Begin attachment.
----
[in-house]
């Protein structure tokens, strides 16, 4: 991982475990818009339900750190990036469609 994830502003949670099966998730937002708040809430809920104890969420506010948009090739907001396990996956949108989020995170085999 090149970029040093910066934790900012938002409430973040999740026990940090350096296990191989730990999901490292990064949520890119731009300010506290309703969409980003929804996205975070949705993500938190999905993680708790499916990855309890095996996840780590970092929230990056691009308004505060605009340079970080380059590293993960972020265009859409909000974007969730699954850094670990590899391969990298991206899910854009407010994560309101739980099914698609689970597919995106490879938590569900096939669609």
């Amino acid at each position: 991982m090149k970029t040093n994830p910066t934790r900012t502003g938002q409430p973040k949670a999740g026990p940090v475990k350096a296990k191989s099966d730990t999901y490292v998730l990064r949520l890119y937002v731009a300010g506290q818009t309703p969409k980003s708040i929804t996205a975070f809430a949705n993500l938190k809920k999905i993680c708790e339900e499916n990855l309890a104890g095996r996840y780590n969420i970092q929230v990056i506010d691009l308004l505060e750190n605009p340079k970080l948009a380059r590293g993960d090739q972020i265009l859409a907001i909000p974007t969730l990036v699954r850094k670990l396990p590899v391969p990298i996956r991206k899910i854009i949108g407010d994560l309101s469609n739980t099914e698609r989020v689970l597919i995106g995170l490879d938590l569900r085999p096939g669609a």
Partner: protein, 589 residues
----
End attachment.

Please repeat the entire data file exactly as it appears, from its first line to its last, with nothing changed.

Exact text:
[in-house]
């Protein structure tokens, strides 16, 4: 991982475990818009339900750190990036469609 994830502003949670099966998730937002708040809430809920104890969420506010948009090739907001396990996956949108989020995170085999 090149970029040093910066934790900012938002409430973040999740026990940090350096296990191989730990999901490292990064949520890119731009300010506290309703969409980003929804996205975070949705993500938190999905993680708790499916990855309890095996996840780590970092929230990056691009308004505060605009340079970080380059590293993960972020265009859409909000974007969730699954850094670990590899391969990298991206899910854009407010994560309101739980099914698609689970597919995106490879938590569900096939669609």
């Amino acid at each position: 991982m090149k970029t040093n994830p910066t934790r900012t502003g938002q409430p973040k949670a999740g026990p940090v475990k350096a296990k191989s099966d730990t999901y490292v998730l990064r949520l890119y937002v731009a300010g506290q818009t309703p969409k980003s708040i929804t996205a975070f809430a949705n993500l938190k809920k999905i993680c708790e339900e499916n990855l309890a104890g095996r996840y780590n969420i970092q929230v990056i506010d691009l308004l505060e750190n605009p340079k970080l948009a380059r590293g993960d090739q972020i265009l859409a907001i909000p974007t969730l990036v699954r850094k670990l396990p590899v391969p990298i996956r991206k899910i854009i949108g407010d994560l309101s469609n739980t099914e698609r989020v689970l597919i995106g995170l490879d938590l569900r085999p096939g669609a």
Partner: protein, 589 residues